I wanted a quantity of alligator clips that could handle currents in the 10 A range, and bought some nice looking ones with # 18 wire. As I usually do with chinese made products, I always want to see if the product is made well or if some shortcuts have been taken in materials or workmanship. I removed one end with a trick I learned many years ago. You put a large diameter shaft (phillips driver) into the clip, which makes the shape like a ramp, so the insulating cover can be slid off, and then back on. In this case, I used some long nose pliers to force the jaws open, so I could grab the jaws to pull off the cover. The deeper you go with the pliers the better the ramp and the easier the covers slides back. One look at the connection, and I knew that this clip, despite the nice wire and tough clip, was not going to pass the current that the wire should comfortably handle. The bare copper was not crimped metal to metal, instead they crimped it with the rubber, which while capable of handling an amp or so, if we start passing 5- 10 A, the joint would rapidly heat up and soften the wire insulation, and thus decrease the clamping force, which would raise the joint resistance, which would raise the temperature in a death spiral that would end with fire. My investment would be wasted if I did not fix this only weakness in an otherwise good product for a fair price. I carefully pried open the two clamp pins Cut of the mangled end of the wire and make a new strip. twist the fine strands, pass through the hole from the inside Solder the wire to the clip with a heavy iron so the heat does not have time to heat the spring in the clip and soften it The solder joint wants to present a smooth surface to the insulating cover, so flow in enough solder to form that surface After the clip cools (blow on it to speed the process) bend the two clamps back over the insulation Using the Phillips driver to create the ramp. slide the cover back into position,and you have a first rate alligator clip that can handle some high currents, and will last.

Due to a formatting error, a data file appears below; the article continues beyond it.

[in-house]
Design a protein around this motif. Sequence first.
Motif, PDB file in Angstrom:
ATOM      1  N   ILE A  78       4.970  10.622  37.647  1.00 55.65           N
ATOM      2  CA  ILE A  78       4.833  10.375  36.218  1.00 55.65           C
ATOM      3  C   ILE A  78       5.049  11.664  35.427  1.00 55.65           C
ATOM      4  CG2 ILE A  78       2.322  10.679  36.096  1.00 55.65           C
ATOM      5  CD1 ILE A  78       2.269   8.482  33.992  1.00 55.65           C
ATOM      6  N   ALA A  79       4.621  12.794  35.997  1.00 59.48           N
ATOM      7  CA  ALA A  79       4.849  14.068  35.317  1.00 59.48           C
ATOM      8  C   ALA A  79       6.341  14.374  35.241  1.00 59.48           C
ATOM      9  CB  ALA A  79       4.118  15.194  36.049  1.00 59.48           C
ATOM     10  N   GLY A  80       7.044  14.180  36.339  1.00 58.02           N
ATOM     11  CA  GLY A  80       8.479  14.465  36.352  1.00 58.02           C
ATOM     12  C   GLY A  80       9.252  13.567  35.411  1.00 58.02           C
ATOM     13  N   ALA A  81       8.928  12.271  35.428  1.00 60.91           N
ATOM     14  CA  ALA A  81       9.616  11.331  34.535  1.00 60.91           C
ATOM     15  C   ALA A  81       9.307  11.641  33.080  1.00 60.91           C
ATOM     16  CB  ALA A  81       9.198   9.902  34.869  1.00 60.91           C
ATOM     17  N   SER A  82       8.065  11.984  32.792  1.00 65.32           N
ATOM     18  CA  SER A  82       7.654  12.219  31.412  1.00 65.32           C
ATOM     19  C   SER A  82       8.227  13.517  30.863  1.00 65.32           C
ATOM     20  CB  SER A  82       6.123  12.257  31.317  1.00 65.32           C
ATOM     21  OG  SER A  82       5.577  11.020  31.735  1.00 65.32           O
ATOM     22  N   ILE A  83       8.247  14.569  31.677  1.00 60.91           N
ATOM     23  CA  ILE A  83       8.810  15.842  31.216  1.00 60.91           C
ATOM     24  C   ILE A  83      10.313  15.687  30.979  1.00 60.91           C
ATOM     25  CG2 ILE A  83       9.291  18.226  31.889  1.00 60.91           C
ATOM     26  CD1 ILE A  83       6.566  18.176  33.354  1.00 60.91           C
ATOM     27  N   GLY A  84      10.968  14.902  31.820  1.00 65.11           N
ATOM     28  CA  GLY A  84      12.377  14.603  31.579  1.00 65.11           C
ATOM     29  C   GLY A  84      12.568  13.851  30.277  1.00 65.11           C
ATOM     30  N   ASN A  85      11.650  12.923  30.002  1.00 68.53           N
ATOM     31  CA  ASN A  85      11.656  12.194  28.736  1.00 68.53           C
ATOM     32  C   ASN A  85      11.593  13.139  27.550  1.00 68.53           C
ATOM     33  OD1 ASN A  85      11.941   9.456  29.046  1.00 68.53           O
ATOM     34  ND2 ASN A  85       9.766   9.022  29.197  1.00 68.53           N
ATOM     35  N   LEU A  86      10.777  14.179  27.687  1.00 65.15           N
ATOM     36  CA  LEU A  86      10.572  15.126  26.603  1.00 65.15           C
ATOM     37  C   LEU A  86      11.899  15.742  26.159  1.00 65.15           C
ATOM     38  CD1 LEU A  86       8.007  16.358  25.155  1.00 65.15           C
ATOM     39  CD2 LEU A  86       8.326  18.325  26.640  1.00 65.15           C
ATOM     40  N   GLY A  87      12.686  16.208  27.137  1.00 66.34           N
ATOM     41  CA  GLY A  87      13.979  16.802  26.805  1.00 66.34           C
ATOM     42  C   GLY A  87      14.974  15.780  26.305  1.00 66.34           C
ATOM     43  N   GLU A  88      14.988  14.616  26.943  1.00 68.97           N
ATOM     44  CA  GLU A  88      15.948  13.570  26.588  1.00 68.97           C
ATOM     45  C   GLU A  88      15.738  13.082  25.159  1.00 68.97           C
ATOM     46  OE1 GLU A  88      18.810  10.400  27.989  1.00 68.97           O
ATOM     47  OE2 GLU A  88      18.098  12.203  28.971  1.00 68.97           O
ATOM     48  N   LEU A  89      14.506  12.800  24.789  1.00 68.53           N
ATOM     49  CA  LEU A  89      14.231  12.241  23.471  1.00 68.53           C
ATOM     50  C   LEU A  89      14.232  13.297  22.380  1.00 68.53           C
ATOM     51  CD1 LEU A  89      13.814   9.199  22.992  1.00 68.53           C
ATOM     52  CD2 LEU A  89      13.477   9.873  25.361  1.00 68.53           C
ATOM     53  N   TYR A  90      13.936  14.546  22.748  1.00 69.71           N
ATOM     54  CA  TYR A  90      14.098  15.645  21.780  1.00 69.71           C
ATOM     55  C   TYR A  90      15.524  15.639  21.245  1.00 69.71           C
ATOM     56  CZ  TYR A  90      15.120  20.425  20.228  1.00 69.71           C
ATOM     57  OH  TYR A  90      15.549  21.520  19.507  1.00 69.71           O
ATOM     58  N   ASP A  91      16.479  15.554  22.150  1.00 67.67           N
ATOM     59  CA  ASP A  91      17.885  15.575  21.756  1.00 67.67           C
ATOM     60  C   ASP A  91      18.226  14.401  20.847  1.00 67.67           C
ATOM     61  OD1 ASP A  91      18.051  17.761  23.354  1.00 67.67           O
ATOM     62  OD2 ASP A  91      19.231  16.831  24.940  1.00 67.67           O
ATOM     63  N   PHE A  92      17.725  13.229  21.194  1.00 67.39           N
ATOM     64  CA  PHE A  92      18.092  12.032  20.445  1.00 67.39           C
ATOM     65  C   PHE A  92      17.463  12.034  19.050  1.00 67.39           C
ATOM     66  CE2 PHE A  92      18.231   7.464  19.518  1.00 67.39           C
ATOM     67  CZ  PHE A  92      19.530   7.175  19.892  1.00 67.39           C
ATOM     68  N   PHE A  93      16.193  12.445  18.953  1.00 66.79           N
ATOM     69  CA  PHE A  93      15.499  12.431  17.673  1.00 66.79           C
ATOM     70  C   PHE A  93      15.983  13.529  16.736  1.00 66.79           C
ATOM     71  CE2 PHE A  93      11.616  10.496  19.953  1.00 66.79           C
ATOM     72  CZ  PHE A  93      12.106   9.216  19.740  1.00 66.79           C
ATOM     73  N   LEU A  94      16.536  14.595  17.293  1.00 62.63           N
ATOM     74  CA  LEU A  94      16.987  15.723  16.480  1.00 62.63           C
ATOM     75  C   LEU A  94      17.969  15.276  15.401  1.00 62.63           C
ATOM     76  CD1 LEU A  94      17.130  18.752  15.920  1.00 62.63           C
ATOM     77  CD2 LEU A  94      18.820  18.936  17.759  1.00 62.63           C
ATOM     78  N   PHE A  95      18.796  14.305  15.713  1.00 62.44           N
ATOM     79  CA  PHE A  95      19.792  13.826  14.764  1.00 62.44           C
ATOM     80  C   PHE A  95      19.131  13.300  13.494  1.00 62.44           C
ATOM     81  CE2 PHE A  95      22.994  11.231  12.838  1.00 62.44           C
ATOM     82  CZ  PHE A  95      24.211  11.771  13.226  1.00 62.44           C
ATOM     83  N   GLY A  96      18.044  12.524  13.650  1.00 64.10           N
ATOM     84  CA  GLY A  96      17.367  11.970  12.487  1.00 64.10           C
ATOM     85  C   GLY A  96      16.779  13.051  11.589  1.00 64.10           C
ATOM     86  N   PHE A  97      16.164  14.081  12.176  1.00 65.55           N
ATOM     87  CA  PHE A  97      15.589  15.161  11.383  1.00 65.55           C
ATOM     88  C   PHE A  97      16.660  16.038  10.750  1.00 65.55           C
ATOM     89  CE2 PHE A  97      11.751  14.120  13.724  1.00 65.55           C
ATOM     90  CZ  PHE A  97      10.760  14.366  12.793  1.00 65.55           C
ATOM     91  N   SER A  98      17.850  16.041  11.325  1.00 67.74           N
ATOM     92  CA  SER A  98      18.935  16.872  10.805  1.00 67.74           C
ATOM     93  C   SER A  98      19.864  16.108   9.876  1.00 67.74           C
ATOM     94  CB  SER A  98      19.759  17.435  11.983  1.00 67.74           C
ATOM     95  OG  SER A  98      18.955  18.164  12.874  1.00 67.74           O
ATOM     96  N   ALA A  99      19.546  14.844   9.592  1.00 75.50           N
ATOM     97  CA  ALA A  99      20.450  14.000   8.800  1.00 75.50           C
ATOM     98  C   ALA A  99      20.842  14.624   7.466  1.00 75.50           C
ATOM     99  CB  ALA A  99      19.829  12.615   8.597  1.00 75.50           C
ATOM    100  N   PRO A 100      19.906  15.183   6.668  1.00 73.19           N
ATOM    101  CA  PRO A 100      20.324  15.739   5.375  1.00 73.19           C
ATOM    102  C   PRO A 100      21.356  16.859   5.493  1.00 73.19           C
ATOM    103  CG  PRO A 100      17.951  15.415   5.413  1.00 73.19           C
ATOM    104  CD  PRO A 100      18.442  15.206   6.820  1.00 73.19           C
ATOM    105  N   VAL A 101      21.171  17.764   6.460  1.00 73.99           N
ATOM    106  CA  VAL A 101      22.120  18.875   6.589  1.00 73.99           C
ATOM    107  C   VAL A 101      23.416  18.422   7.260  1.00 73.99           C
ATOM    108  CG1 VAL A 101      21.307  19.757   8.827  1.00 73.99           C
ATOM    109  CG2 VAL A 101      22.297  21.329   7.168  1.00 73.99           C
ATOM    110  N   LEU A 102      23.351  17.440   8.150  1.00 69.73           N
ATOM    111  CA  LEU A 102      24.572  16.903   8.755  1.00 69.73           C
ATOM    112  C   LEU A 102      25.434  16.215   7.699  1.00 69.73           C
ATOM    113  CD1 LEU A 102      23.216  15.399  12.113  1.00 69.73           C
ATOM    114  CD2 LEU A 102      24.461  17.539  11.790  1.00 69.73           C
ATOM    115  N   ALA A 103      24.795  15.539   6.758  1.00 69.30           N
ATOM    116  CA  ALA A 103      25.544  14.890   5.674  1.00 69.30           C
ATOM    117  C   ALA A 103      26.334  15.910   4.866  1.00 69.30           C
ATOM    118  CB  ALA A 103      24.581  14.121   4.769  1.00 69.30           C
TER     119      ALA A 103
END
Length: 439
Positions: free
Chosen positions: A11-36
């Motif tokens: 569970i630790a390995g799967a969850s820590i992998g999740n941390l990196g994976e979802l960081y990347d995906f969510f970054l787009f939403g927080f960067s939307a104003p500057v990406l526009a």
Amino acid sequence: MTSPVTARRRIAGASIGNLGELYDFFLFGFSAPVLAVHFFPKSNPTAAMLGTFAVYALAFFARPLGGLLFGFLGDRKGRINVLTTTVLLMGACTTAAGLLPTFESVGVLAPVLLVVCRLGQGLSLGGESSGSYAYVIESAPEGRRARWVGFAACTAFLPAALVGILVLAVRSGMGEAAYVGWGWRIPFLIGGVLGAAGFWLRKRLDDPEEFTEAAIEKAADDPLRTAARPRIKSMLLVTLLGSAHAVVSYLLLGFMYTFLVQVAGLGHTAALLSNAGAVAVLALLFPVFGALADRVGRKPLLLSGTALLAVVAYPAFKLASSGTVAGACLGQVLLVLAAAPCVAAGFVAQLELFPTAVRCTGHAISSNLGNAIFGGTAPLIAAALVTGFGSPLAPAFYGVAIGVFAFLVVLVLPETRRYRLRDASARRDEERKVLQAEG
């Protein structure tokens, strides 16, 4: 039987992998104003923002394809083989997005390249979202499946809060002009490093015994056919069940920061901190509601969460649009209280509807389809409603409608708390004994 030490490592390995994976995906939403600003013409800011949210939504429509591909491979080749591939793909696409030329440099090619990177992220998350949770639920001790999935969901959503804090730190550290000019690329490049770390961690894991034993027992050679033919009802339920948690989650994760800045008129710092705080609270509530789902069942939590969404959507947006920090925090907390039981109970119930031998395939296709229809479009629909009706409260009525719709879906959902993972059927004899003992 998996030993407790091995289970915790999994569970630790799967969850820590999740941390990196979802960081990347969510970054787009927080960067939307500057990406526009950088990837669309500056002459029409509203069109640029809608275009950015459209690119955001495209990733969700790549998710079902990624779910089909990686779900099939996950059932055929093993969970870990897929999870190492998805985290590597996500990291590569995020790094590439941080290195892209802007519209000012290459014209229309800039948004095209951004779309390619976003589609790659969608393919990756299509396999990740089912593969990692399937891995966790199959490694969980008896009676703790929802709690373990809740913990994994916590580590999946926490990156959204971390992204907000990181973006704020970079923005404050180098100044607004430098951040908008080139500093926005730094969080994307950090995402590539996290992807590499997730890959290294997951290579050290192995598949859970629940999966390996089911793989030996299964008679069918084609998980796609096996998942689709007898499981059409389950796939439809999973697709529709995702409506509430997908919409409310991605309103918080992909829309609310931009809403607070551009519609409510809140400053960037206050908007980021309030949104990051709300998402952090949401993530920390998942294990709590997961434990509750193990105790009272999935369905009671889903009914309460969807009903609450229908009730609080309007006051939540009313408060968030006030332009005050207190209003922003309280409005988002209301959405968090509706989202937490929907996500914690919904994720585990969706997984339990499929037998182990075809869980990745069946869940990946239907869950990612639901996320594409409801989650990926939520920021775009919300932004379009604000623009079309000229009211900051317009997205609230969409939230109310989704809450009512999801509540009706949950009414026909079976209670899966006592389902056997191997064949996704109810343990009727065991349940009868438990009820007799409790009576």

Needed an isolated current sensor to sense the current in my cell level test fixture. Found a neat part made by alegro that has a compensated hall effect sensor with built in current shunt. Unlike a regular current shunt where the resistance of the shunt produces a voltage when current flows through it, this device has an integrated hall effect circuit built in. The device comes in many flavors, with unipolar or bipolar sensing up to +-150A. The best part is that the hall circuit is electrically isolated from the current path. The down side was that the device was designed to mount on a PC board, so attaching it to the big 1/4" studs that I required was dificult. I carefully straightened the heavy copper buss bar leads and sawed a slot in some heavy 1/4" ring terminals. The terminals were soldered to the straightened leads, and the fine hall effect wires were connected to three wires and strain relieved with some hot glue. Works like a charm.